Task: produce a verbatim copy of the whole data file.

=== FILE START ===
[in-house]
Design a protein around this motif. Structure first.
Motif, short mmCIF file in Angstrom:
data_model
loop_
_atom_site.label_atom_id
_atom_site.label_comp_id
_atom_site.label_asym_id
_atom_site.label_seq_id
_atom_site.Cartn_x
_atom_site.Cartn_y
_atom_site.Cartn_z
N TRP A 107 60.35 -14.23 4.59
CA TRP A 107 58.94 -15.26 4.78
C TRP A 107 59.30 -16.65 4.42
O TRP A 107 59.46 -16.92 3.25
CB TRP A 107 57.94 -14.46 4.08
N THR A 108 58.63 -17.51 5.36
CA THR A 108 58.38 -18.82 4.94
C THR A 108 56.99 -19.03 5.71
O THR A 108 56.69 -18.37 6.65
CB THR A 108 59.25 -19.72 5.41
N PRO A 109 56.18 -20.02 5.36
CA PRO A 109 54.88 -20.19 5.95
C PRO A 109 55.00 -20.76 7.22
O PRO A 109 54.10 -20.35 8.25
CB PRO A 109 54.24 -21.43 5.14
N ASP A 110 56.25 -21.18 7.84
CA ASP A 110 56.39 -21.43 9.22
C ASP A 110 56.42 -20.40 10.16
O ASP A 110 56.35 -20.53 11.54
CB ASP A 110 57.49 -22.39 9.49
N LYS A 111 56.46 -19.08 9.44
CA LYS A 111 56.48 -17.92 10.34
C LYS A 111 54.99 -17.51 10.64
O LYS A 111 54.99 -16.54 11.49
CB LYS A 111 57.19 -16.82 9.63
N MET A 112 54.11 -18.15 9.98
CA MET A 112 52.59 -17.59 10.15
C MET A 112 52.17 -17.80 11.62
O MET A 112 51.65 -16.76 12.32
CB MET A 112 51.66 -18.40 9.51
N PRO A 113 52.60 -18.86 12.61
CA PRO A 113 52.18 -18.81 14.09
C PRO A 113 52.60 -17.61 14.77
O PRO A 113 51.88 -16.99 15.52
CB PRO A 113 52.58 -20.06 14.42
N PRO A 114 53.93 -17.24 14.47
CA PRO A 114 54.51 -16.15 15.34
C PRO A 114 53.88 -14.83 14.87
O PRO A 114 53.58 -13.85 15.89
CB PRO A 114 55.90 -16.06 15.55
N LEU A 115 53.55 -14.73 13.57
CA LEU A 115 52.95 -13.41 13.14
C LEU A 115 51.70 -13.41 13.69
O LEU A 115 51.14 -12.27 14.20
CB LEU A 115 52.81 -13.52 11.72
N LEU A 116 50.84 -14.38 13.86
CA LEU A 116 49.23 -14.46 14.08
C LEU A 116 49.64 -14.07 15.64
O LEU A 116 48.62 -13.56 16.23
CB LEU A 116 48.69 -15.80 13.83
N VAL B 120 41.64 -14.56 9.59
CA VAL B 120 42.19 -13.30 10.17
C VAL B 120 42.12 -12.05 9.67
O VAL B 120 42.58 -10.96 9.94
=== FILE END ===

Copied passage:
[in-house]
Design a protein around this motif. Structure first.
Motif, short mmCIF file in Angstrom:
data_model
loop_
_atom_site.label_atom_id
_atom_site.label_comp_id
_atom_site.label_asym_id
_atom_site.label_seq_id
_atom_site.Cartn_x
_atom_site.Cartn_y
_atom_site.Cartn_z
N TRP A 107 60.35 -14.23 4.59
CA TRP A 107 58.94 -15.26 4.78
C TRP A 107 59.30 -16.65 4.42
O TRP A 107 59.46 -16.92 3.25
CB TRP A 107 57.94 -14.46 4.08
N THR A 108 58.63 -17.51 5.36
CA THR A 108 58.38 -18.82 4.94
C THR A 108 56.99 -19.03 5.71
O THR A 108 56.69 -18.37 6.65
CB THR A 108 59.25 -19.72 5.41
N PRO A 109 56.18 -20.02 5.36
CA PRO A 109 54.88 -20.19 5.95
C PRO A 109 55.00 -20.76 7.22
O PRO A 109 54.10 -20.35 8.25
CB PRO A 109 54.24 -21.43 5.14
N ASP A 110 56.25 -21.18 7.84
CA ASP A 110 56.39 -21.43 9.22
C ASP A 110 56.42 -20.40 10.16
O ASP A 110 56.35 -20.53 11.54
CB ASP A 110 57.49 -22.39 9.49
N LYS A 111 56.46 -19.08 9.44
CA LYS A 111 56.48 -17.92 10.34
C LYS A 111 54.99 -17.51 10.64
O LYS A 111 54.99 -16.54 11.49
CB LYS A 111 57.19 -16.82 9.63
N MET A 112 54.11 -18.15 9.98
CA MET A 112 52.59 -17.59 10.15
C MET A 112 52.17 -17.80 11.62
O MET A 112 51.65 -16.76 12.32
CB MET A 112 51.66 -18.40 9.51
N PRO A 113 52.60 -18.86 12.61
CA PRO A 113 52.18 -18.81 14.09
C PRO A 113 52.60 -17.61 14.77
O PRO A 113 51.88 -16.99 15.52
CB PRO A 113 52.58 -20.06 14.42
N PRO A 114 53.93 -17.24 14.47
CA PRO A 114 54.51 -16.15 15.34
C PRO A 114 53.88 -14.83 14.87
O PRO A 114 53.58 -13.85 15.89
CB PRO A 114 55.90 -16.06 15.55
N LEU A 115 53.55 -14.73 13.57
CA LEU A 115 52.95 -13.41 13.14
C LEU A 115 51.70 -13.41 13.69
O LEU A 115 51.14 -12.27 14.20
CB LEU A 115 52.81 -13.52 11.72
N LEU A 116 50.84 -14.38 13.86
CA LEU A 116 49.23 -14.46 14.08
C LEU A 116 49.64 -14.07 15.64
O LEU A 116 48.62 -13.56 16.23
CB LEU A 116 48.69 -15.80 13.83
N VAL B 120 41.64 -14.56 9.59
CA VAL B 120 42.19 -13.30 10.17
C VAL B 120 42.12 -12.05 9.67
O VAL B 120 42.58 -10.96 9.94